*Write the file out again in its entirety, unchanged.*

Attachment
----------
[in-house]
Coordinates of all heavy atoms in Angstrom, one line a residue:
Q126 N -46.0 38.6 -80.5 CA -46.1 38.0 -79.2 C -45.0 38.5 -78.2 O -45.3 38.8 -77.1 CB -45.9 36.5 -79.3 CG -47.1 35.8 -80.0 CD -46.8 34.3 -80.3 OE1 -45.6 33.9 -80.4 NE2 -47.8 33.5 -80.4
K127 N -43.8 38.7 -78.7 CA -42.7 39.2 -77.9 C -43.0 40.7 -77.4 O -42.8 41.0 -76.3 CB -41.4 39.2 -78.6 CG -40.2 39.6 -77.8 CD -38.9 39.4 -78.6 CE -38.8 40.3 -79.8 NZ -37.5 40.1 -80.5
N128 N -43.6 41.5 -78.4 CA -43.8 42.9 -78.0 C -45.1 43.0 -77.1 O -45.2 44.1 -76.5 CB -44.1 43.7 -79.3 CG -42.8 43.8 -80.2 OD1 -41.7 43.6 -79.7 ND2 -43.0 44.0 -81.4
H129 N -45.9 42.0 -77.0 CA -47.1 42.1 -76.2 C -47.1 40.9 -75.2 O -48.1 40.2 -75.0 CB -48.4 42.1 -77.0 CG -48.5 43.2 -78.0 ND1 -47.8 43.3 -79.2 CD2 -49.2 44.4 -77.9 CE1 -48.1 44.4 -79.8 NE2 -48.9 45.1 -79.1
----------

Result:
[in-house]
Coordinates of all heavy atoms in Angstrom, one line a residue:
Q126 N -46.0 38.6 -80.5 CA -46.1 38.0 -79.2 C -45.0 38.5 -78.2 O -45.3 38.8 -77.1 CB -45.9 36.5 -79.3 CG -47.1 35.8 -80.0 CD -46.8 34.3 -80.3 OE1 -45.6 33.9 -80.4 NE2 -47.8 33.5 -80.4
K127 N -43.8 38.7 -78.7 CA -42.7 39.2 -77.9 C -43.0 40.7 -77.4 O -42.8 41.0 -76.3 CB -41.4 39.2 -78.6 CG -40.2 39.6 -77.8 CD -38.9 39.4 -78.6 CE -38.8 40.3 -79.8 NZ -37.5 40.1 -80.5
N128 N -43.6 41.5 -78.4 CA -43.8 42.9 -78.0 C -45.1 43.0 -77.1 O -45.2 44.1 -76.5 CB -44.1 43.7 -79.3 CG -42.8 43.8 -80.2 OD1 -41.7 43.6 -79.7 ND2 -43.0 44.0 -81.4
H129 N -45.9 42.0 -77.0 CA -47.1 42.1 -76.2 C -47.1 40.9 -75.2 O -48.1 40.2 -75.0 CB -48.4 42.1 -77.0 CG -48.5 43.2 -78.0 ND1 -47.8 43.3 -79.2 CD2 -49.2 44.4 -77.9 CE1 -48.1 44.4 -79.8 NE2 -48.9 45.1 -79.1